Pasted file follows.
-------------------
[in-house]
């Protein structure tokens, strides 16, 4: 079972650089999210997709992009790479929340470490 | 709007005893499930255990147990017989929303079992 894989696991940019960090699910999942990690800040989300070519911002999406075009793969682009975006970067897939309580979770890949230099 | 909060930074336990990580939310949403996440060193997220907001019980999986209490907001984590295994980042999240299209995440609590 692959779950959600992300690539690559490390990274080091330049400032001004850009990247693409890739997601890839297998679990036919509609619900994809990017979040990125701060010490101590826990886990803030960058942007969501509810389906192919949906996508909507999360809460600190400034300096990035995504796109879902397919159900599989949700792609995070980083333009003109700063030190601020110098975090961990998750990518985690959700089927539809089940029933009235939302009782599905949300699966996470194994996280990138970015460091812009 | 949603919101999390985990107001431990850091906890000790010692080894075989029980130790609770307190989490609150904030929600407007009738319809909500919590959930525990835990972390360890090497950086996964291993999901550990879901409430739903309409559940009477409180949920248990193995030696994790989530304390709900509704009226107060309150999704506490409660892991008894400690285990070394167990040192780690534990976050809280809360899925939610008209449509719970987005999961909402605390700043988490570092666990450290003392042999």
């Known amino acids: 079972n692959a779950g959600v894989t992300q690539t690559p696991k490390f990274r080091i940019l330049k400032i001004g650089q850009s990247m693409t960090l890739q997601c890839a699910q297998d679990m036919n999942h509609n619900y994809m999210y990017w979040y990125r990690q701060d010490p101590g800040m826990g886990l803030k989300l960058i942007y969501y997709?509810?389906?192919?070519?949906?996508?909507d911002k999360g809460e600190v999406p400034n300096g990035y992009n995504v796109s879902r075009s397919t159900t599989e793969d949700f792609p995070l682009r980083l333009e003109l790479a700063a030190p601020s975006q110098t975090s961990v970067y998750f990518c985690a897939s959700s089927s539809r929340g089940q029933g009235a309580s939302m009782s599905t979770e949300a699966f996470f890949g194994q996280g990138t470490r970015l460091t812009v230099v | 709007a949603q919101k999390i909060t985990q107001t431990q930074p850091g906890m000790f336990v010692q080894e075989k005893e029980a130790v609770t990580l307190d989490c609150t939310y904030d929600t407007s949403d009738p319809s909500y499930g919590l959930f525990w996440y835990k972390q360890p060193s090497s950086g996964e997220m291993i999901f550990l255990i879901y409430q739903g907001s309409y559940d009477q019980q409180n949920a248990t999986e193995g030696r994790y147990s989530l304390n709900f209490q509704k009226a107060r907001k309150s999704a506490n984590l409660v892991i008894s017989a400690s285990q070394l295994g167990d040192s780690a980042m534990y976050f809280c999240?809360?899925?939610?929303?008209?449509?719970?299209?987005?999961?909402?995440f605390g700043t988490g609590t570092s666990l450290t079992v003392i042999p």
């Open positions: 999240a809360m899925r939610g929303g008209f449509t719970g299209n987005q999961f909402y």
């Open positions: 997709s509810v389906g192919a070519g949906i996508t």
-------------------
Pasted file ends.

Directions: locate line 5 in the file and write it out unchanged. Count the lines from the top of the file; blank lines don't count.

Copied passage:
């Open positions: 997709s509810v389906g192919a070519g949906i996508t």